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10/30/2018 HYU News > General

Title

Introducing the Career Development Course in HYU

Compulsory yet necessary?

박주현

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http://www.hanyang.ac.kr/surl/BHpm

Contents
As the school’s slogan “The Engine of Korea” suggests, Hanyang Univeristy (HYU) is known for giving full support to enhance the students’ capacity. This can be seen through various support for startups, running a career development center, and even resulting in scoring in the top five of Korean universities in the 2019 Quacquarelli Symonds (QS) Graduate Employability Rankings. In order to better reach out to students, the university implemented a mandatory course called, Career Development that all students should must take regardless of their major.
 
Career Development Course Plan 

The career development course history actually begins in 2015. Before, there only used to be a course called Freshman Seminar, which changed to Career Development I in 2015. That year, Career Development II became a new mandatory course for juniors so as to prepare for their long and possibly dreadful job-seeking process in the following years. The main objective of the course is to help students find their career paths through various materials including online lectures, guidance in setting their goals and have a homeroom session with their assigned professors. By taking this course each year, students have the opportunity to build a relationship with their professors as advisors, and have one-on-one sessions, which is especially helpful for those who find it hard to approach their professors.
 
According to Lee Seong-jae (Department of Applied Art Education, 1st year), the course was very helpful in setting his career goals, along with several tips to making good use of all the available facilities in school. Han Jung-hun (Department of Applied Art Education, 3rd year), agreed as he recalled, “during my freshman year when I took the freshman seminar course, we had several discussion sessions with the professor after reading books and sharing our thoughts about various topics in life. For Career Development I, the class barely met up, but we instead had the opportunity to visit the VR expo. For Career Development II, we have class every week but also have special lectures every now and then.”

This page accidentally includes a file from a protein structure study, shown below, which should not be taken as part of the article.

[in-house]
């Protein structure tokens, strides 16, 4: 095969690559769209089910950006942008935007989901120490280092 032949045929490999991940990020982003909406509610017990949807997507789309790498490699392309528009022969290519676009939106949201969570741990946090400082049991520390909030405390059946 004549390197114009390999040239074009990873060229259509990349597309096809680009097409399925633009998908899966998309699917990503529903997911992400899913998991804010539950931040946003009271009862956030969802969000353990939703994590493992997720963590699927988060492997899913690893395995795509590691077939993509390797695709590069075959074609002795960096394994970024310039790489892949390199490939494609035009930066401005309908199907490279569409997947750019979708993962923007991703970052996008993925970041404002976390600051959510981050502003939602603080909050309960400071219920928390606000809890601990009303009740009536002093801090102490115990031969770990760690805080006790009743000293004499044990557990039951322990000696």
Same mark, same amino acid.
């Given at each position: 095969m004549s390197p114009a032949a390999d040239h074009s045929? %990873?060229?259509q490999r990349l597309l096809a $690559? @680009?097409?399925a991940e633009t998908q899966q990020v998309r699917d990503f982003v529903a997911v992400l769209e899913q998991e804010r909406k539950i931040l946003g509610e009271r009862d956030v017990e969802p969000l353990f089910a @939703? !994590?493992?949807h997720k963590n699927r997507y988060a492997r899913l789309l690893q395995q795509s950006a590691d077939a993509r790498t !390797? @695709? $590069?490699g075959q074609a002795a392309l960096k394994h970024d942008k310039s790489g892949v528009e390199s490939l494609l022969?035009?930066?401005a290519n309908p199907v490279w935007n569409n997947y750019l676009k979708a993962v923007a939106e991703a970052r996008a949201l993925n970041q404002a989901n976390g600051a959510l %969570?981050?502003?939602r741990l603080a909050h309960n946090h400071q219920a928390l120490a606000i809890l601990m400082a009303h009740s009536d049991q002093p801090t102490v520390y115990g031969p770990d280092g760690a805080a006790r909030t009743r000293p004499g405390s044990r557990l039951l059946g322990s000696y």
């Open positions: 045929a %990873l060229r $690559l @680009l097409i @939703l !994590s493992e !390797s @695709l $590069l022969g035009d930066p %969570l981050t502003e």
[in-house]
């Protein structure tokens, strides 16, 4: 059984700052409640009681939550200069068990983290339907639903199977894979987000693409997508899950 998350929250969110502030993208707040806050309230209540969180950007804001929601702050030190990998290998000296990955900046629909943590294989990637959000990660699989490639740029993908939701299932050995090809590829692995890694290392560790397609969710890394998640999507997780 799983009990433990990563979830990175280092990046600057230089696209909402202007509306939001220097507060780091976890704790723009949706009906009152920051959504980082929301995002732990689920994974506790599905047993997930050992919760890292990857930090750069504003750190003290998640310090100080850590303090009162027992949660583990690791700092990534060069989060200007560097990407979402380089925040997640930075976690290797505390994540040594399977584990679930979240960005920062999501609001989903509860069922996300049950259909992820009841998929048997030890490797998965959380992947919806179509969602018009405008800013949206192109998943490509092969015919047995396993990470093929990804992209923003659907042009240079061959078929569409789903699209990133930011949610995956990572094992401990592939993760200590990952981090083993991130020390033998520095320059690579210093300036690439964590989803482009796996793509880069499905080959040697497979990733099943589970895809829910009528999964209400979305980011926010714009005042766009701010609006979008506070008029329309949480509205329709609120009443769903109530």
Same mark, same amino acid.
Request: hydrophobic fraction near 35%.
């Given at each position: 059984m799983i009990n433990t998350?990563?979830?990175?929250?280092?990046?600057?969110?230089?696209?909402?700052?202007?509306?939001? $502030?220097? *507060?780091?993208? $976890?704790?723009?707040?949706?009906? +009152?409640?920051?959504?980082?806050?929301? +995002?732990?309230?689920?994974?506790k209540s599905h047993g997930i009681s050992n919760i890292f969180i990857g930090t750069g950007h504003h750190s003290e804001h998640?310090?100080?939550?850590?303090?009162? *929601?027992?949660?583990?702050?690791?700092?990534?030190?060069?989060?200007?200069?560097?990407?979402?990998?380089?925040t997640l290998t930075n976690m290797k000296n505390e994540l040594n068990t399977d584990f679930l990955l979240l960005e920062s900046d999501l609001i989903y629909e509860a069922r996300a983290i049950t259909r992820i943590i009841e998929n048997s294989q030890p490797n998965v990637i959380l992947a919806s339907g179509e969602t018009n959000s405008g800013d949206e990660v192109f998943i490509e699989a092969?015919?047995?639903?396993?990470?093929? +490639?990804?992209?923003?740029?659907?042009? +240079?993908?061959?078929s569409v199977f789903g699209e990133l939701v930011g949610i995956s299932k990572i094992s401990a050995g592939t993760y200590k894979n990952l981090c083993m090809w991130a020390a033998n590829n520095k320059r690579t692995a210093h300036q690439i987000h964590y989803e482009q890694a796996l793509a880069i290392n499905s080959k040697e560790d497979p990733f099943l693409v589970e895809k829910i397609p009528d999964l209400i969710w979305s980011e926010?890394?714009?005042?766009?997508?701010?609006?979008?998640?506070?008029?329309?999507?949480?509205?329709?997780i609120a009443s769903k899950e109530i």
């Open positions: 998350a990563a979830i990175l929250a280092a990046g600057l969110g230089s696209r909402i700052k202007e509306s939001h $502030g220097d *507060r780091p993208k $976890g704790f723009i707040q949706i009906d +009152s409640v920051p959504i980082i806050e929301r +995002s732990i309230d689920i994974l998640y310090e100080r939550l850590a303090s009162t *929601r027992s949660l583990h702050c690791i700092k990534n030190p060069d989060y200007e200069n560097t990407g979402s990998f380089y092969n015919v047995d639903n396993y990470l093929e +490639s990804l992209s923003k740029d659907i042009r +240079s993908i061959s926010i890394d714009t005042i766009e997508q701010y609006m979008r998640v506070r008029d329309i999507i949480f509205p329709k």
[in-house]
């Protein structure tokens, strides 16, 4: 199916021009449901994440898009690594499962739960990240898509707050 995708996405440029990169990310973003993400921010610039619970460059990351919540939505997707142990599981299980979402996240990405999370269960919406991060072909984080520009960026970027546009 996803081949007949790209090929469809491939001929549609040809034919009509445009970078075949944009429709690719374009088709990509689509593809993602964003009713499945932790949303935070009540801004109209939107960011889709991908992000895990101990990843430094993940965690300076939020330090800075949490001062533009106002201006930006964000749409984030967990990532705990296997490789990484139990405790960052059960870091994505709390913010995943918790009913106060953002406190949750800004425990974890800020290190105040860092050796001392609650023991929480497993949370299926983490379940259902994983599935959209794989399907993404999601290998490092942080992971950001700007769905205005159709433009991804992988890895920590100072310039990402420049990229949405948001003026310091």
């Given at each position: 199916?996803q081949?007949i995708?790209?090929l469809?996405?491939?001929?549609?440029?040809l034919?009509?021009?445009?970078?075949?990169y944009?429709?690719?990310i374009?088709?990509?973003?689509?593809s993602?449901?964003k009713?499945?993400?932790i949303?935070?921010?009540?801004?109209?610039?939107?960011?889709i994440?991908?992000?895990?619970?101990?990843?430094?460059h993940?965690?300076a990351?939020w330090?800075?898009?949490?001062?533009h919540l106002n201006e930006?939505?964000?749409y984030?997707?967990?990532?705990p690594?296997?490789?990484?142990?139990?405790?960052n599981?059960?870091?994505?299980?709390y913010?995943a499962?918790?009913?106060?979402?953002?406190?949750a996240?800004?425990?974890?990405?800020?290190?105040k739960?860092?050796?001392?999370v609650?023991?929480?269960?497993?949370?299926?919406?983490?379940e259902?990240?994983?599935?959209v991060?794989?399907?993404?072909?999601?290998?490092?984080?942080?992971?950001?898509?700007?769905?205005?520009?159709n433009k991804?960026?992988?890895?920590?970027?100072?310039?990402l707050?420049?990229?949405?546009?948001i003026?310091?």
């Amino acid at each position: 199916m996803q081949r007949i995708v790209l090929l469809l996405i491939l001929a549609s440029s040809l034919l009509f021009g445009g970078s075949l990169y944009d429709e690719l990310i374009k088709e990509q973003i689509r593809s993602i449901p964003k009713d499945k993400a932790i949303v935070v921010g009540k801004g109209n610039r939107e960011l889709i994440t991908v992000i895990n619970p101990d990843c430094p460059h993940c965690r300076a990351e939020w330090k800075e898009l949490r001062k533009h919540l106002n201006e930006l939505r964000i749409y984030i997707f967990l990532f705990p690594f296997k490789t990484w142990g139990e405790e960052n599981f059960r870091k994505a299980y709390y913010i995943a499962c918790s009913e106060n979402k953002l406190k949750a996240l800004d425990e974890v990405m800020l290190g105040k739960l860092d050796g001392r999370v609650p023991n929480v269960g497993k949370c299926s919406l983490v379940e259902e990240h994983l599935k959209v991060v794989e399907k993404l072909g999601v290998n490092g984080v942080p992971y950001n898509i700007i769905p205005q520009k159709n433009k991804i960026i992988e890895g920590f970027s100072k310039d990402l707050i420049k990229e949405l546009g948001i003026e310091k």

Students in a Career Development class. 
(Photo courtesy of Kim)
However, some majors were quick to notice one of the significant limitations of having a comprehensive compulsory course. The course materials were just not applicable to some. Han Ji-yoon, a staff member in the College of Education Administration Team, explained how they changed their system to better suit their students. “Starting in the second semester of 2018, the College of Education basically divided the Career Development II course into a teacher certification class and an employment class. Most of our students either become a teacher or move on to job-seeking, and the current guidelines for the Career Development courses don't fit us. Professors in charge will teach for eight weeks, while the rest of the eight weeks are divided into four weeks of career related special lectures and four weeks of teacher appointment related special lectures. Students may choose four special lectures to pass the course.”
 
(From left) Shin Sae-rha (Department of International Studies staff), Choi Hye-seung (PhD at KAIST), Ryoo Joo-han (Department of International Studies professor), and Kim Ha-rim (14th student president of the Department of International Studies)
(Photo courtesy of Kim)
The same goes for the Division of International Studies (DIS). Shin Sae-rha from the DIS administration office and Kim Ha-rim (Division of International Studies, 3rd year) explained their own version of the course. According to Shin, the original guideline of the course is impossible to implement in DIS as half of the professors are foreigners, and most students themselves have lived abroad for many years. The DIS curriculum itself is also in English, and an all-Korean course such as Career Development just does not work.
 
Kim Ha-rim (Department of International Studies, 3rd year) explains the new version of the DIS Career Development course.

“The history of DIS is only 14 years. There have been numerous comments on how the seon-hubae (senior-junior) links in DIS is quite thin if there are any. As the student president, I wanted to incorporate this into reforming the career development course. First, we circulated detailed surveys to figure out which career paths students are mostly into and selected the top five careers. Then with the help of the administration office and our dean, we were able to liaison with the DIS graduates and invite them to come and share their personal experiences and tips for working in their field. We linked this with the Career Development course as it is a mandatory course that will surely give all students an opportunity to be aware and learn. Now we have seonbaes coming in every other week for six weeks and one-on-ones with professors in between. The seonbae sessions are open to all students of DIS,” said Kim.
 
Although Career Development courses may just seem like any other compulsory courses in school to some, it is a necessary course that students can truly make use out of through building better connections with their professors, sharing thoughts and worries about their future with fellow students, and even flexibly adapting the curriculum to ring out the benefits.



Park Joo-hyun       julia1114@hanyang.ac.kr
Photos by Park Geun-hyung 
 
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